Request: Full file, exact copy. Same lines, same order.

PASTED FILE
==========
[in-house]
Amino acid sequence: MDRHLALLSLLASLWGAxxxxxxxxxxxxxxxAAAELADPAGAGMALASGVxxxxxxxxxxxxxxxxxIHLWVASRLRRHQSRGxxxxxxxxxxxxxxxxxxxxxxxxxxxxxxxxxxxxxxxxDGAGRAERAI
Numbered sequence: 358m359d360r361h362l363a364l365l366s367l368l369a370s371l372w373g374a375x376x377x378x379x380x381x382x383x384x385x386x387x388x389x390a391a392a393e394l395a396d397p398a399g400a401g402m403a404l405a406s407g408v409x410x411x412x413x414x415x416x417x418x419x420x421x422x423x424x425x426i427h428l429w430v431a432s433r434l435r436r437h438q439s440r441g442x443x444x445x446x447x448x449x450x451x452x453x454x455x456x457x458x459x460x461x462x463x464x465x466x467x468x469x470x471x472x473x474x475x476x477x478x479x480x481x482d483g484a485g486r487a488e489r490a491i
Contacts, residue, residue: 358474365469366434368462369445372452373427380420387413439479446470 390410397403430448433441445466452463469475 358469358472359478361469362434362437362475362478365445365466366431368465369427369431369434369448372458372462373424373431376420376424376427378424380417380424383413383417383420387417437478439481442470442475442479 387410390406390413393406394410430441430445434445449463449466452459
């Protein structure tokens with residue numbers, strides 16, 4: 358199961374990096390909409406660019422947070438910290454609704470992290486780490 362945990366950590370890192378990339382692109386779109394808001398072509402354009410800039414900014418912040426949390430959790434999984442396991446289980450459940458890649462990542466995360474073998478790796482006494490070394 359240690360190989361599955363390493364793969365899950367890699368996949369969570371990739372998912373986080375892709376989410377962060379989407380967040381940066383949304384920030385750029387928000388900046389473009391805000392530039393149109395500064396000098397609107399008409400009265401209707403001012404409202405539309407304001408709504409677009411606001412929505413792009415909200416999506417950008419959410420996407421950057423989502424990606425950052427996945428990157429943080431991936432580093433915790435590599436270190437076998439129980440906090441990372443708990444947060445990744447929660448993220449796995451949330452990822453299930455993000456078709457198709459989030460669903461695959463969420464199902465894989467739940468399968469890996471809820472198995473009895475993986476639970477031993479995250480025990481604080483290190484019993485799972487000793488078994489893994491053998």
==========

[in-house]
Amino acid sequence: MDRHLALLSLLASLWGAxxxxxxxxxxxxxxxAAAELADPAGAGMALASGVxxxxxxxxxxxxxxxxxIHLWVASRLRRHQSRGxxxxxxxxxxxxxxxxxxxxxxxxxxxxxxxxxxxxxxxxDGAGRAERAI
Numbered sequence: 358m359d360r361h362l363a364l365l366s367l368l369a370s371l372w373g374a375x376x377x378x379x380x381x382x383x384x385x386x387x388x389x390a391a392a393e394l395a396d397p398a399g400a401g402m403a404l405a406s407g408v409x410x411x412x413x414x415x416x417x418x419x420x421x422x423x424x425x426i427h428l429w430v431a432s433r434l435r436r437h438q439s440r441g442x443x444x445x446x447x448x449x450x451x452x453x454x455x456x457x458x459x460x461x462x463x464x465x466x467x468x469x470x471x472x473x474x475x476x477x478x479x480x481x482d483g484a485g486r487a488e489r490a491i
Contacts, residue, residue: 358474365469366434368462369445372452373427380420387413439479446470 390410397403430448433441445466452463469475 358469358472359478361469362434362437362475362478365445365466366431368465369427369431369434369448372458372462373424373431376420376424376427378424380417380424383413383417383420387417437478439481442470442475442479 387410390406390413393406394410430441430445434445449463449466452459
């Protein structure tokens with residue numbers, strides 16, 4: 358199961374990096390909409406660019422947070438910290454609704470992290486780490 362945990366950590370890192378990339382692109386779109394808001398072509402354009410800039414900014418912040426949390430959790434999984442396991446289980450459940458890649462990542466995360474073998478790796482006494490070394 359240690360190989361599955363390493364793969365899950367890699368996949369969570371990739372998912373986080375892709376989410377962060379989407380967040381940066383949304384920030385750029387928000388900046389473009391805000392530039393149109395500064396000098397609107399008409400009265401209707403001012404409202405539309407304001408709504409677009411606001412929505413792009415909200416999506417950008419959410420996407421950057423989502424990606425950052427996945428990157429943080431991936432580093433915790435590599436270190437076998439129980440906090441990372443708990444947060445990744447929660448993220449796995451949330452990822453299930455993000456078709457198709459989030460669903461695959463969420464199902465894989467739940468399968469890996471809820472198995473009895475993986476639970477031993479995250480025990481604080483290190484019993485799972487000793488078994489893994491053998």